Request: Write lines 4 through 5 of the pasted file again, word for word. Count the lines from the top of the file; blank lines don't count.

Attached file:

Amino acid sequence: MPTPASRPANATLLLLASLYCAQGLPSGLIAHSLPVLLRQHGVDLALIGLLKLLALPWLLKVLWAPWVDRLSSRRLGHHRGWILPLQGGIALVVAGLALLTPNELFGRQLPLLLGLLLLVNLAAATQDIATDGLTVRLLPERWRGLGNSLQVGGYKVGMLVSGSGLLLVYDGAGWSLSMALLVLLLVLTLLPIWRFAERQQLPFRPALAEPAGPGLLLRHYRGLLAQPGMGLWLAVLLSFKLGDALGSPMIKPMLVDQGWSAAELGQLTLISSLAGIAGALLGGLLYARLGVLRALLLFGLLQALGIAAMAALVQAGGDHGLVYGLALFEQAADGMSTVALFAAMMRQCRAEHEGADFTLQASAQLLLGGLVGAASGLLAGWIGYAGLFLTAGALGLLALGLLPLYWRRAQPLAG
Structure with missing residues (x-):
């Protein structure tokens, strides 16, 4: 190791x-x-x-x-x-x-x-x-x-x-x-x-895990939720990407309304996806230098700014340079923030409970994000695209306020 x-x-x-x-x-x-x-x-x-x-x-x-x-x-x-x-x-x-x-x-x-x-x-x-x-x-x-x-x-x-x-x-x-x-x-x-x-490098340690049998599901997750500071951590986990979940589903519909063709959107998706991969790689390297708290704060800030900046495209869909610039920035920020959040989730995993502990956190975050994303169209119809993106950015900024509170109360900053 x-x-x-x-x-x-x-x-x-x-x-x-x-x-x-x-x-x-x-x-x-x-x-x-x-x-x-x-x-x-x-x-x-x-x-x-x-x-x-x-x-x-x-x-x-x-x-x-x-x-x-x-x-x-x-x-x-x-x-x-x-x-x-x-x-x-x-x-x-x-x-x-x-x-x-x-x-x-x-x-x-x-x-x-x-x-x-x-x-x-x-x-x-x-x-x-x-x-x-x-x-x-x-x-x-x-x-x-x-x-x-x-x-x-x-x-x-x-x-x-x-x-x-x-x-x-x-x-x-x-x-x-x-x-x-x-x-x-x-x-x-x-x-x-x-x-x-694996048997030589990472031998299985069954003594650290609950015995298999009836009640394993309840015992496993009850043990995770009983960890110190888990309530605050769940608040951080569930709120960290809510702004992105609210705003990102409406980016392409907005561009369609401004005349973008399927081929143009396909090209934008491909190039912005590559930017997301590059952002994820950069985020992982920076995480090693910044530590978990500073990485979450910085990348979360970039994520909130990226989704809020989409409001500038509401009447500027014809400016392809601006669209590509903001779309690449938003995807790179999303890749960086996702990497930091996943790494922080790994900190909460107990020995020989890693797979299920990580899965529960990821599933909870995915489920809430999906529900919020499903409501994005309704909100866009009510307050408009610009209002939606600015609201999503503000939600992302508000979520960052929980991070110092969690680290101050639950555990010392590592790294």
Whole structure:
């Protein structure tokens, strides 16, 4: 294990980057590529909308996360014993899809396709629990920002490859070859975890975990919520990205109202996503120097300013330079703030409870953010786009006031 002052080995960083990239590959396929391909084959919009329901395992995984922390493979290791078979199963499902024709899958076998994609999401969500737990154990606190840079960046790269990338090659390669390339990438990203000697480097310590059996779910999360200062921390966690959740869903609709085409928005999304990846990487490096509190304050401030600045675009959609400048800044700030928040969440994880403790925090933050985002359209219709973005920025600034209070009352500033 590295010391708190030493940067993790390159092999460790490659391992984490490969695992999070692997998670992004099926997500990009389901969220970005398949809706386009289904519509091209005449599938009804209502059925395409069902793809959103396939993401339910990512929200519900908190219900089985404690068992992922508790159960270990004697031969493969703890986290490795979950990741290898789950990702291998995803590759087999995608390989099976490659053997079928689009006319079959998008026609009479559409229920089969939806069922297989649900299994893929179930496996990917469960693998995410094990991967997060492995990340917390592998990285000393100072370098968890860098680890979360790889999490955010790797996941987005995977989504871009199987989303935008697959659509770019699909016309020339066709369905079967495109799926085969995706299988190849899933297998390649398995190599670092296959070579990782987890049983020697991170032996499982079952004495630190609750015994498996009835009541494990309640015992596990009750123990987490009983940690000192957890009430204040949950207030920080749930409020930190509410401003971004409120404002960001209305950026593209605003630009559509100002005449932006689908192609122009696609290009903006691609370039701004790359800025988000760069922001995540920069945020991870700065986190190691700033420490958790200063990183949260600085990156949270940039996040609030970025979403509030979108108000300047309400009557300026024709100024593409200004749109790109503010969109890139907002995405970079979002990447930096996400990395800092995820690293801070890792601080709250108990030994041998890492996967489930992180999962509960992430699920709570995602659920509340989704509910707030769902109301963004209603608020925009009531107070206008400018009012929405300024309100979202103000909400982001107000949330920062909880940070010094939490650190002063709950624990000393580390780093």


Whole structure:
């Protein structure tokens, strides 16, 4: 294990980057590529909308996360014993899809396709629990920002490859070859975890975990919520990205109202996503120097300013330079703030409870953010786009006031 002052080995960083990239590959396929391909084959919009329901395992995984922390493979290791078979199963499902024709899958076998994609999401969500737990154990606190840079960046790269990338090659390669390339990438990203000697480097310590059996779910999360200062921390966690959740869903609709085409928005999304990846990487490096509190304050401030600045675009959609400048800044700030928040969440994880403790925090933050985002359209219709973005920025600034209070009352500033 590295010391708190030493940067993790390159092999460790490659391992984490490969695992999070692997998670992004099926997500990009389901969220970005398949809706386009289904519509091209005449599938009804209502059925395409069902793809959103396939993401339910990512929200519900908190219900089985404690068992992922508790159960270990004697031969493969703890986290490795979950990741290898789950990702291998995803590759087999995608390989099976490659053997079928689009006319079959998008026609009479559409229920089969939806069922297989649900299994893929179930496996990917469960693998995410094990991967997060492995990340917390592998990285000393100072370098968890860098680890979360790889999490955010790797996941987005995977989504871009199987989303935008697959659509770019699909016309020339066709369905079967495109799926085969995706299988190849899933297998390649398995190599670092296959070579990782987890049983020697991170032996499982079952004495630190609750015994498996009835009541494990309640015992596990009750123990987490009983940690000192957890009430204040949950207030920080749930409020930190509410401003971004409120404002960001209305950026593209605003630009559509100002005449932006689908192609122009696609290009903006691609370039701004790359800025988000760069922001995540920069945020991870700065986190190691700033420490958790200063990183949260600085990156949270940039996040609030970025979403509030979108108000300047309400009557300026024709100024593409200004749109790109503010969109890139907002995405970079979002990447930096996400990395800092995820690293801070890792601080709250108990030994041998890492996967489930992180999962509960992430699920709570995602659920509340989704509910707030769902109301963004209603608020925009009531107070206008400018009012929405300024309100979202103000909400982001107000949330920062909880940070010094939490650190002063709950624990000393580390780093």